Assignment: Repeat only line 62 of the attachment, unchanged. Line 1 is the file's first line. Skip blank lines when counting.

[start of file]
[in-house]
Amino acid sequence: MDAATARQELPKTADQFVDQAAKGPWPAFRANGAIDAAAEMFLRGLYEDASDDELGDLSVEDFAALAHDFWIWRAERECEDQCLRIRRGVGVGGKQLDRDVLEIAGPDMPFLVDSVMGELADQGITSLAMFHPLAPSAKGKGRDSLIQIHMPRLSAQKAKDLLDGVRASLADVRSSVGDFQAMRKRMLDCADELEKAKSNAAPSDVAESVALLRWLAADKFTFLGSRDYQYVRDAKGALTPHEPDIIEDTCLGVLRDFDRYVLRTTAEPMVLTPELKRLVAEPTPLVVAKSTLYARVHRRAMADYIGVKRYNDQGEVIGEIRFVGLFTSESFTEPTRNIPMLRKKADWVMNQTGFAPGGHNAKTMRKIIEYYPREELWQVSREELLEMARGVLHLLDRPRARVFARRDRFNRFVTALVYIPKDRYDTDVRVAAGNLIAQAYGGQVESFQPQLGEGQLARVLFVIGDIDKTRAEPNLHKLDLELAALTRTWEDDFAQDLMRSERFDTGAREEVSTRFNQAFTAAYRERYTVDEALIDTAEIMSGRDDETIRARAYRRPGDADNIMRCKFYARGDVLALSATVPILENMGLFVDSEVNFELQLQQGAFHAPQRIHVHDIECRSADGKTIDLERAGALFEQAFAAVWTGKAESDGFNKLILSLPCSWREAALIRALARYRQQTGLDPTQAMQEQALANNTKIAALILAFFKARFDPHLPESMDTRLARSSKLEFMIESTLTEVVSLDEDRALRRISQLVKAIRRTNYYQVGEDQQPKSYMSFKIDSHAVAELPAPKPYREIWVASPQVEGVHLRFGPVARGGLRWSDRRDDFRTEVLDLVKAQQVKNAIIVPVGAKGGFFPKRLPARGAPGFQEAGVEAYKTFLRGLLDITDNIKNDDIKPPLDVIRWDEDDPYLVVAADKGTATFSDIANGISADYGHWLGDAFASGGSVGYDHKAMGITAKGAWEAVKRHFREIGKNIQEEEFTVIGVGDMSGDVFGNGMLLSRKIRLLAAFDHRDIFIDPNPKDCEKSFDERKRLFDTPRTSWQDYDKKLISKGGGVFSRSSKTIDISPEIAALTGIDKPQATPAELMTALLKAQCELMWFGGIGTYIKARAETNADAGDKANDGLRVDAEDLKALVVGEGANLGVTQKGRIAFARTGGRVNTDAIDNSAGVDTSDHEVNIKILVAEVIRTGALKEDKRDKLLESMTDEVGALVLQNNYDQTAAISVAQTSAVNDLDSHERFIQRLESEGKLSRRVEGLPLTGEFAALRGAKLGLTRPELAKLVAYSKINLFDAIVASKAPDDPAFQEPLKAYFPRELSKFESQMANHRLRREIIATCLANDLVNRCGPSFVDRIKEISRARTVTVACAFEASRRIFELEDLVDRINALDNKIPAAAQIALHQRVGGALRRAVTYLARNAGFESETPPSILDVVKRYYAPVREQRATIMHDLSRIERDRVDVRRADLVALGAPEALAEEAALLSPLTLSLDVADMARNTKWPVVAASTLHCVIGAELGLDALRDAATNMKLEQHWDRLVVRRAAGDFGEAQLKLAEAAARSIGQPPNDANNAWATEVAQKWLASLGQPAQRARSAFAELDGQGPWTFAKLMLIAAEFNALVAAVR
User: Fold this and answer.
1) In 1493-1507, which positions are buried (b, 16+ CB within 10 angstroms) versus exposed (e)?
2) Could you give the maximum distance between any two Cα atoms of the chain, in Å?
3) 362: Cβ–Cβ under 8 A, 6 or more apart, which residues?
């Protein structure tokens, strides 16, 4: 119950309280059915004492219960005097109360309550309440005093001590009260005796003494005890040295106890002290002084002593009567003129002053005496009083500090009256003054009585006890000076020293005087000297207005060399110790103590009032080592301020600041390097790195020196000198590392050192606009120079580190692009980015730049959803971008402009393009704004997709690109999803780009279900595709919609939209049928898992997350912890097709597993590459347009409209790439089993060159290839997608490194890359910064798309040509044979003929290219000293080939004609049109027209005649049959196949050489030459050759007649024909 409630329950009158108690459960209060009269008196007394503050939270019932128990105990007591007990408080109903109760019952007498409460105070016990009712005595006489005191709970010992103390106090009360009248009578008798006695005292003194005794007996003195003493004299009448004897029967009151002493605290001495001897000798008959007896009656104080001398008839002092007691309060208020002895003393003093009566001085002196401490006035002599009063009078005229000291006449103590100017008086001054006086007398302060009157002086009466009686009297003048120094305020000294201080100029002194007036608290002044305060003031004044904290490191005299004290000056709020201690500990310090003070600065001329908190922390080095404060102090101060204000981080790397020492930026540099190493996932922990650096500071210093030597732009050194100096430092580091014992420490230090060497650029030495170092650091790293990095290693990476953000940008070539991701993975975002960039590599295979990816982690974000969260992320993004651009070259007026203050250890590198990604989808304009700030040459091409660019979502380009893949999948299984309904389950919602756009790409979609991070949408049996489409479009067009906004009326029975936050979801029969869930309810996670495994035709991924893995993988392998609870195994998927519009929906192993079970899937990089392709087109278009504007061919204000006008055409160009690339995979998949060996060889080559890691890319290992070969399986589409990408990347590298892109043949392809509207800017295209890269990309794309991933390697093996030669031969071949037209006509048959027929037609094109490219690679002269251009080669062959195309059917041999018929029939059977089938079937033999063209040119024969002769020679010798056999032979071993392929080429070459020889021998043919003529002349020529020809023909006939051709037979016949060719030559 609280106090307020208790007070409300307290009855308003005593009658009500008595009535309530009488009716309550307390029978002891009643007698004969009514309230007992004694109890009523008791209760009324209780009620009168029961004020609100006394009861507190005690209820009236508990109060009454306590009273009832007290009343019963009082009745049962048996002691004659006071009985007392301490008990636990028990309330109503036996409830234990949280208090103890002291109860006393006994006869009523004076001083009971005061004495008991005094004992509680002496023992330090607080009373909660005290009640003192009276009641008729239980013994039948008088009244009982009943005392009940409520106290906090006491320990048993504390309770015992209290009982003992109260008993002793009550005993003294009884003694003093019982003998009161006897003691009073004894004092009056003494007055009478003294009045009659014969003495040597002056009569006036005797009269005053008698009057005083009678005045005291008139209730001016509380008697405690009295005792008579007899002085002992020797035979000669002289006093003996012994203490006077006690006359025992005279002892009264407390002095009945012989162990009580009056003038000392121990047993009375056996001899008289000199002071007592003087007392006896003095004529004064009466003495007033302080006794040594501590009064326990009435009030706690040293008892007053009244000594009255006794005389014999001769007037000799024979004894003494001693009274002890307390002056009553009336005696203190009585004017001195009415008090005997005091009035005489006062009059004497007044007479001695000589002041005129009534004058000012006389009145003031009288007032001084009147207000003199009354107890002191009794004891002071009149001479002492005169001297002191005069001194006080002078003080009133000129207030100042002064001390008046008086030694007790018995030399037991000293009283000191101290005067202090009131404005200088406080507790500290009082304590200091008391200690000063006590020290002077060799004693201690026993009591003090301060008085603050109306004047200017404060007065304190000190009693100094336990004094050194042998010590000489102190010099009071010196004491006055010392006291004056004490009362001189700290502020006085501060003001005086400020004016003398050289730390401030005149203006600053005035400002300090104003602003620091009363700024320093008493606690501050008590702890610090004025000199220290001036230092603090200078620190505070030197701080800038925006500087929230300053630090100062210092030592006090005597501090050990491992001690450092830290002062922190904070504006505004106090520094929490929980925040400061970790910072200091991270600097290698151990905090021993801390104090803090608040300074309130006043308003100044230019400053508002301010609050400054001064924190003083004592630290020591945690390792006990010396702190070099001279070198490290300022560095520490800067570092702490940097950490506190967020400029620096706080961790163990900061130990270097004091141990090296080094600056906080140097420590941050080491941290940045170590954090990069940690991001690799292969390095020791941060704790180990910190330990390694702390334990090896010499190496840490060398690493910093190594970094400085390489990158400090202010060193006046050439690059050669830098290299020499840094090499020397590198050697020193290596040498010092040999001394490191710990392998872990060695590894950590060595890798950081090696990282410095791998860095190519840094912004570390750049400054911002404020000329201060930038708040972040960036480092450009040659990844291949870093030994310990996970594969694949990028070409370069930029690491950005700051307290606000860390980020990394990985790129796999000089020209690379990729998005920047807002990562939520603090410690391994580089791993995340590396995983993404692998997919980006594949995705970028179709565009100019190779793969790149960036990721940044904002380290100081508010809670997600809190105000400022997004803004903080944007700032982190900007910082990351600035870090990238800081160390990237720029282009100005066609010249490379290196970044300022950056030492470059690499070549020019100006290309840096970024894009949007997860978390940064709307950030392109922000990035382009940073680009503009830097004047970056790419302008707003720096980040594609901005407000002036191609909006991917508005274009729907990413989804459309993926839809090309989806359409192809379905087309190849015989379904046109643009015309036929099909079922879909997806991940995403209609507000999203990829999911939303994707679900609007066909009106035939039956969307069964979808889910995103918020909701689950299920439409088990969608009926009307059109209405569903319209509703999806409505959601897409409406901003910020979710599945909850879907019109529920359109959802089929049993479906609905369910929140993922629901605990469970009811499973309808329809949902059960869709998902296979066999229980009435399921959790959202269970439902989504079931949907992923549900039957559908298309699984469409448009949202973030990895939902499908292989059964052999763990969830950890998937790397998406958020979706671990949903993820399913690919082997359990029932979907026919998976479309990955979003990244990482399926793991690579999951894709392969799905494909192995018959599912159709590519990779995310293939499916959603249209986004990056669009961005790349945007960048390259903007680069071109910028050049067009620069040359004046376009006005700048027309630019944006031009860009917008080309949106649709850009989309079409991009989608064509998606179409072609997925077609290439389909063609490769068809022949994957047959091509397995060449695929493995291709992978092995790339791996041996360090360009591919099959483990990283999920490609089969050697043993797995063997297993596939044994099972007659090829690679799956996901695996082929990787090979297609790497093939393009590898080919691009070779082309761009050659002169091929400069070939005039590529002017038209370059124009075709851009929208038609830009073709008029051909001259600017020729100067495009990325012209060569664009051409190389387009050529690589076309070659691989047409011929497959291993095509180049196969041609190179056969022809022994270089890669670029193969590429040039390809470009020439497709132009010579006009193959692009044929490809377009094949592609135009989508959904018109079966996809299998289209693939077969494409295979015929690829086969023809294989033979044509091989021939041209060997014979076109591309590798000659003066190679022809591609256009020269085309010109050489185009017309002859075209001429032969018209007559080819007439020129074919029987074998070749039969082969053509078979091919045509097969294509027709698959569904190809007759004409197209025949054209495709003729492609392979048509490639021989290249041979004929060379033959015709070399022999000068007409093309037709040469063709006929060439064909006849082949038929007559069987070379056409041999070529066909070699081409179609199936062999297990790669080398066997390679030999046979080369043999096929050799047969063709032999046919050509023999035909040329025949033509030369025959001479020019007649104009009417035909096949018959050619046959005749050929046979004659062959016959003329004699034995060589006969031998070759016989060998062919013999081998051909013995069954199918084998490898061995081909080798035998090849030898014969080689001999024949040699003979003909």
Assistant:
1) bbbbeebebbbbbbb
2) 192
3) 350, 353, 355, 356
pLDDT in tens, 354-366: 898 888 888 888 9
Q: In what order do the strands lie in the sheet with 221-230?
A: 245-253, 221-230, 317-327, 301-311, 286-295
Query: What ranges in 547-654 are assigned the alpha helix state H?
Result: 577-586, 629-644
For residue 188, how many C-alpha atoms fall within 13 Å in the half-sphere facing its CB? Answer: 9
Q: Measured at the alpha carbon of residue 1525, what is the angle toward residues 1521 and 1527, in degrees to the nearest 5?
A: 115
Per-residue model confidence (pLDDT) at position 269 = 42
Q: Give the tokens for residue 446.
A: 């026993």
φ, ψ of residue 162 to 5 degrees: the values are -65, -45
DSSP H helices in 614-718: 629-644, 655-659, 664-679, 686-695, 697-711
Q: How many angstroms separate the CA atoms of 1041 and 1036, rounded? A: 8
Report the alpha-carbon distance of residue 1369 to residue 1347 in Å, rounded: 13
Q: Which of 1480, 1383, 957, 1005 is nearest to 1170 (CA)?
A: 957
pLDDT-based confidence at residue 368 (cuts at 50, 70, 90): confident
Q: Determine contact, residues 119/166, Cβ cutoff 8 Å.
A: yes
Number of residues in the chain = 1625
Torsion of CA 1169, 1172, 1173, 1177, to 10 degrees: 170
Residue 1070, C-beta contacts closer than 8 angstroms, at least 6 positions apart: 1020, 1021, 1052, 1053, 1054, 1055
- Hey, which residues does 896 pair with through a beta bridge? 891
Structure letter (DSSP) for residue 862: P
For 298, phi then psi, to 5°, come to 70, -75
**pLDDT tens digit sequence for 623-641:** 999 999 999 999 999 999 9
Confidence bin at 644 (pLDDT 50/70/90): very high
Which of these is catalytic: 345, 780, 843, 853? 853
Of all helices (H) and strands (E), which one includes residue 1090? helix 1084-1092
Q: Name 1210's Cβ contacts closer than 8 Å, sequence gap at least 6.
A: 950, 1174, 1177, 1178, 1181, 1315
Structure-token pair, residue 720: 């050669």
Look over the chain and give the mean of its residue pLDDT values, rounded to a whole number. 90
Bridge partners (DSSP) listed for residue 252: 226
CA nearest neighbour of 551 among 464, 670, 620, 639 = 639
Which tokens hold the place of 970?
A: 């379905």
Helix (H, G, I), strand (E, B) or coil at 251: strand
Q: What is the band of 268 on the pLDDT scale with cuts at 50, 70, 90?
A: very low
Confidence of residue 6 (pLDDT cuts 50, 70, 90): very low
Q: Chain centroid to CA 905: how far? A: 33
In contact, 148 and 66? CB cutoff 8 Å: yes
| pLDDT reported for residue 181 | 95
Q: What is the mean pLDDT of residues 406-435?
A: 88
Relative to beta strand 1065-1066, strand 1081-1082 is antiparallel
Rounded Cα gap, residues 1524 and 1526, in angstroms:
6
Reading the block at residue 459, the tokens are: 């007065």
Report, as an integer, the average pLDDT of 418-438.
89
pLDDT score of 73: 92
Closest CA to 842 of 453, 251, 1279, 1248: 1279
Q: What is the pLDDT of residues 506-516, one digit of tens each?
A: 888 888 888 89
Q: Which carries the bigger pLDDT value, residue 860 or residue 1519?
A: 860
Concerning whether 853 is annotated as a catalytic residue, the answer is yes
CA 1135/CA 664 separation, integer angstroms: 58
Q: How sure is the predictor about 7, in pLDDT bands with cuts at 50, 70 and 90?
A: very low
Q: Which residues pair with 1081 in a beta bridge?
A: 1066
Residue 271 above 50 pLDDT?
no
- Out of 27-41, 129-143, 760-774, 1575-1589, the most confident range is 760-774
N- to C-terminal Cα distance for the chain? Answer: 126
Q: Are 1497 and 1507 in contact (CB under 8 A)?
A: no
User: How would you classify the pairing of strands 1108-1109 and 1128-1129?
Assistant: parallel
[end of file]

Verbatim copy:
Reading the block at residue 459, the tokens are: 């007065």